Calendar of Events

Sep 08, 2014 to Sep 10, 2014 | Chicago, IL
Sep 29, 2014 to Oct 03, 2014 | Michigan State University, Lansing MI
Oct 01, 2014 to Oct 03, 2014 | Washington, DC

Keywords

Public Utilities Reports

PUR Guide 2012 Fully Updated Version

Available NOW!
PUR Guide

This comprehensive self-study certification course is designed to teach the novice or pro everything they need to understand and succeed in every phase of the public utilities business.

Order Now

Hydro

News Digest

Lori A. Burkhart, Phillip S. Cross and Beth Lewis

State PUCs

Electric Retail Choice. The Arkansas Public Service Commission has issued its final report on electric restructuring, citing a "broad" consensus favoring competition. It predicts immediate benefits for industrial customers, but warns that residential users likely will not see any quick rate cut. The PSC saw competition as consistent with action in neighboring states:

• Oklahoma. State law mandates retail choice by July 1, 2002.

• Mississippi. PSC plan would phase-in competition from 2001 to 2004.

• Missouri.

Distributed Generation: A "Hot Corner" for Venture Capital?

Joseph F. Schuler Jr.

Robert W. Shaw JR. IS A BETTING MAN. Shaw's Aretê Corp. venture capital fund has invested $100 million in energy technology. This year the Center Harbor, N.H., fund set aside $30 million to invest in micro-generation technologies. Already the fund has pumped hundreds of thousands of dollars into more than a half-dozen companies trying to develop microturbines, fuel cells and other promising small-scale generation.

"This is a hot corner," Shaw says.

Shaw bucks naysayers like Ralph Selvig of VentureOne Corp., a San Francisco firm that tracks the venture capital industry.

Price Forecasting in Spot Markets: Hidden Risks in Single-Part Bidding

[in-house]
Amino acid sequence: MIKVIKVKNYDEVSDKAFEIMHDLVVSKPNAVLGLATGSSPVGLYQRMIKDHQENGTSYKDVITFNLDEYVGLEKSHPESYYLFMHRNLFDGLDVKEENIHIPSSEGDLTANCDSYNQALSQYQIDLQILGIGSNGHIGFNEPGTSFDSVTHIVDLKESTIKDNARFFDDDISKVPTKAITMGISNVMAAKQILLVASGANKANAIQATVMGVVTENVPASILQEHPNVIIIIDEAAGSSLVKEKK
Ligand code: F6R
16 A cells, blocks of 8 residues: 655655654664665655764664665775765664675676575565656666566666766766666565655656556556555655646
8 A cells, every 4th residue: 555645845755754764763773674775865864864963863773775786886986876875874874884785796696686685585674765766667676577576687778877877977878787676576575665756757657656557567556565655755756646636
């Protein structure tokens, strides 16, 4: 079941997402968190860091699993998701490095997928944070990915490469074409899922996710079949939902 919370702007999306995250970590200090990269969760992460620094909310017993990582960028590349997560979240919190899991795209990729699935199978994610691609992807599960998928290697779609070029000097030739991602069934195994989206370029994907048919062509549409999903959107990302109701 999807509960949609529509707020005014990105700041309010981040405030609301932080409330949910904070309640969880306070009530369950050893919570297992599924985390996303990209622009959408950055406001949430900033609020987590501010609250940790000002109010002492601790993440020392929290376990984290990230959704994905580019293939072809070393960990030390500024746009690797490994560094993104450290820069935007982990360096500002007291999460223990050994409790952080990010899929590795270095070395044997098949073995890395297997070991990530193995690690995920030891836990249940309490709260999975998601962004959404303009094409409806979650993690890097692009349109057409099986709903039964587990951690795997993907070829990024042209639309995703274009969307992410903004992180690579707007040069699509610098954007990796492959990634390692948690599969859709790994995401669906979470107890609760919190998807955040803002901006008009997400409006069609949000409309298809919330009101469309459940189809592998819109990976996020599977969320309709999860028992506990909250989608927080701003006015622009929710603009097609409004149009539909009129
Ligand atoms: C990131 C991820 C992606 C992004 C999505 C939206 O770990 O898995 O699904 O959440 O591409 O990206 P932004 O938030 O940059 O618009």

Edward P. Kahn

The California Power Exchange doesn't solicit separate bids for plant start-up, spinning reserve or base load operation. That can make spark spreads a bit misleading

IT SHOULD COME AS NO SURPRICE THAT THE PROSPECT OF electric competition has created a huge demand for price forecasting services. To their credit, the forecasters have obliged, supplying an abundance of tools and techniques. Do the forecasts serve the needs of those who would use them?

Some might wish to use a price forecast to assign a value to assets.

Perspective

John S. Ferguson

Efforts to make generation competitive have induced several electric utilities to sell their power plants. Some sales are voluntary. Some are forced by rules mandating functional segregation from transmission and distribution. Of those sales announced or completed, most have involved high-cost utilities, and all have garnered at least book value, suggesting an attempt by sellers to deal with stranded costs.

Why then, are buyers willing to pay more than book value? They must believe they can improve on cash flows - either by raising revenues, trimming costs, or both.

News Digest

Lori A. Burkhart, Phillip S. Cross and Beth Lewis

Business Wire